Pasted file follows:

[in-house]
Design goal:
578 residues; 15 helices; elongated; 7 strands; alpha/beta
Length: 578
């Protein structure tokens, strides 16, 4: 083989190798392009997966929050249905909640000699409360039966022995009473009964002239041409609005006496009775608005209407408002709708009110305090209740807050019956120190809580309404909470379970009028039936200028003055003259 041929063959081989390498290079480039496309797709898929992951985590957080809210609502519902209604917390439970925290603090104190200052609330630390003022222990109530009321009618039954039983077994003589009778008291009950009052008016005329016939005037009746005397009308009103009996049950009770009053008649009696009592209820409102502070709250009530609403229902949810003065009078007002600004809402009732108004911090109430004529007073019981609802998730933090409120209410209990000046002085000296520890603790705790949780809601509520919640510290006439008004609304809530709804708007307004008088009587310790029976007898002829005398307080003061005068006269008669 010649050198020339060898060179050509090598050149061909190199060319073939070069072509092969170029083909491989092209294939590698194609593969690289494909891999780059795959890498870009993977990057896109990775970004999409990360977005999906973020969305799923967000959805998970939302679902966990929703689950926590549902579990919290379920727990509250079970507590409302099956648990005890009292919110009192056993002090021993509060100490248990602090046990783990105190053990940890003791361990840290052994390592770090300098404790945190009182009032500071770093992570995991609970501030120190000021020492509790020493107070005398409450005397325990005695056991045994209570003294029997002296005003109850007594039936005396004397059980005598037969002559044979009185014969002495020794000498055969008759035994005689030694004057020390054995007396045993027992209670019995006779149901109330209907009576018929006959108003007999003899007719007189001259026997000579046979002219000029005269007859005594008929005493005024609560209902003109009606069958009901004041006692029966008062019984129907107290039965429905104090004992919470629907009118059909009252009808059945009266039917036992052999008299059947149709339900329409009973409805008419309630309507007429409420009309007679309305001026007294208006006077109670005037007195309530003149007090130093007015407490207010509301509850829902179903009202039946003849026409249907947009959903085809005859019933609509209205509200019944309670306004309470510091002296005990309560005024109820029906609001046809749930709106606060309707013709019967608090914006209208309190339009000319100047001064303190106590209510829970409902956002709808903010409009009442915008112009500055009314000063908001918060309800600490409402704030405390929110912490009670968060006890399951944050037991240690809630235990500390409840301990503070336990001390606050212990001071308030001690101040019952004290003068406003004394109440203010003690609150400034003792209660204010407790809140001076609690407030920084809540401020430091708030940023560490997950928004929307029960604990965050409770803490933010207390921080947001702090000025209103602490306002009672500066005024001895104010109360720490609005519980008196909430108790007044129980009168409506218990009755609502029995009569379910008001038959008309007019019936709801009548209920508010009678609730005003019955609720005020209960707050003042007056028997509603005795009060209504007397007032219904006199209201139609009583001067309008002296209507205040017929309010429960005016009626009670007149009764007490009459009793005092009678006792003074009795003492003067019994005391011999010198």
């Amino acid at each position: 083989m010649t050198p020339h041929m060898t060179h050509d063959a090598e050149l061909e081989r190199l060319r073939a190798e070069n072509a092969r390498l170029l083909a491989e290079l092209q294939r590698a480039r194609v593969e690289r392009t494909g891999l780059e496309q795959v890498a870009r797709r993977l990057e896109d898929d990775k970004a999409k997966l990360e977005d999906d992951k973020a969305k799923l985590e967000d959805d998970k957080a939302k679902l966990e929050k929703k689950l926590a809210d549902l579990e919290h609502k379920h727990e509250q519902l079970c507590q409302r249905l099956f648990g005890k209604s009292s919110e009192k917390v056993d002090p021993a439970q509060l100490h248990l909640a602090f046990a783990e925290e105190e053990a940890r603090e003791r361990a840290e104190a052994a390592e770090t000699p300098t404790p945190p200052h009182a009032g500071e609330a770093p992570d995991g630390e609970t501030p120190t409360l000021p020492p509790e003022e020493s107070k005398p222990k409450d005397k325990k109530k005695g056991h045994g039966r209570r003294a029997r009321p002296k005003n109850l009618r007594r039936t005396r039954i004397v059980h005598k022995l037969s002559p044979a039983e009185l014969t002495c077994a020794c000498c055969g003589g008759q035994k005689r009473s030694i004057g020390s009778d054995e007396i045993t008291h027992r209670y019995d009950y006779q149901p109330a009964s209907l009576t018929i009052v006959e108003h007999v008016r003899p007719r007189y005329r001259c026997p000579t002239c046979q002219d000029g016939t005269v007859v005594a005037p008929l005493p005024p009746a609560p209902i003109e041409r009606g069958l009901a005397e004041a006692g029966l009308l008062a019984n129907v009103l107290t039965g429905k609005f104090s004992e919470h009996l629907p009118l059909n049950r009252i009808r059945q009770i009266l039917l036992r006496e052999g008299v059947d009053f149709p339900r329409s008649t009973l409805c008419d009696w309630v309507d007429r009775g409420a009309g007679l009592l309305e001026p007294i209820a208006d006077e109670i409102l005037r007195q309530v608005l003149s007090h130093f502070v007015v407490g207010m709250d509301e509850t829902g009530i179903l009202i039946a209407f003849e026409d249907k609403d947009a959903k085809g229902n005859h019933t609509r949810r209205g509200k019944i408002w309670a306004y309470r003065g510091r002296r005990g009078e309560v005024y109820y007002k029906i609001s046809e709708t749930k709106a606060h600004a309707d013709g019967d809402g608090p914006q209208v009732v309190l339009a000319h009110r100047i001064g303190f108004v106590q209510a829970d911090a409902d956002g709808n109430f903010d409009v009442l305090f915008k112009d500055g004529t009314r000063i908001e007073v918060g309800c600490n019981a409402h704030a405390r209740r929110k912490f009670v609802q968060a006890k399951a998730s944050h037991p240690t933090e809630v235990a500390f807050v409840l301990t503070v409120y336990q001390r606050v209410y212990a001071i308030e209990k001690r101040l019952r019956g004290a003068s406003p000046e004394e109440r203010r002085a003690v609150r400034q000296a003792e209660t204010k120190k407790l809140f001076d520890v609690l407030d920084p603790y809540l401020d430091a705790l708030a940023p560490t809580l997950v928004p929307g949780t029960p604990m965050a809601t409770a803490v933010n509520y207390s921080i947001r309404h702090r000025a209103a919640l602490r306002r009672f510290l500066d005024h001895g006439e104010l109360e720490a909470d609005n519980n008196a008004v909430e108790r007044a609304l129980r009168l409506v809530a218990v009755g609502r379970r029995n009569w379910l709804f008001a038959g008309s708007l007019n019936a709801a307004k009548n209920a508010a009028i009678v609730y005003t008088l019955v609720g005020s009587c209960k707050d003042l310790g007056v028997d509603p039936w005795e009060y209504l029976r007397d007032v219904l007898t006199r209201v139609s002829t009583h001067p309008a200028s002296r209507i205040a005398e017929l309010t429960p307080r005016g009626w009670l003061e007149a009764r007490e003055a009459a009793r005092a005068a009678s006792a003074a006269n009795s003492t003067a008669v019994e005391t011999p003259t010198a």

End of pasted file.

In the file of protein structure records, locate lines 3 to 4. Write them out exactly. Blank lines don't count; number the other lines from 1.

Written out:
578 residues; 15 helices; elongated; 7 strands; alpha/beta
Length: 578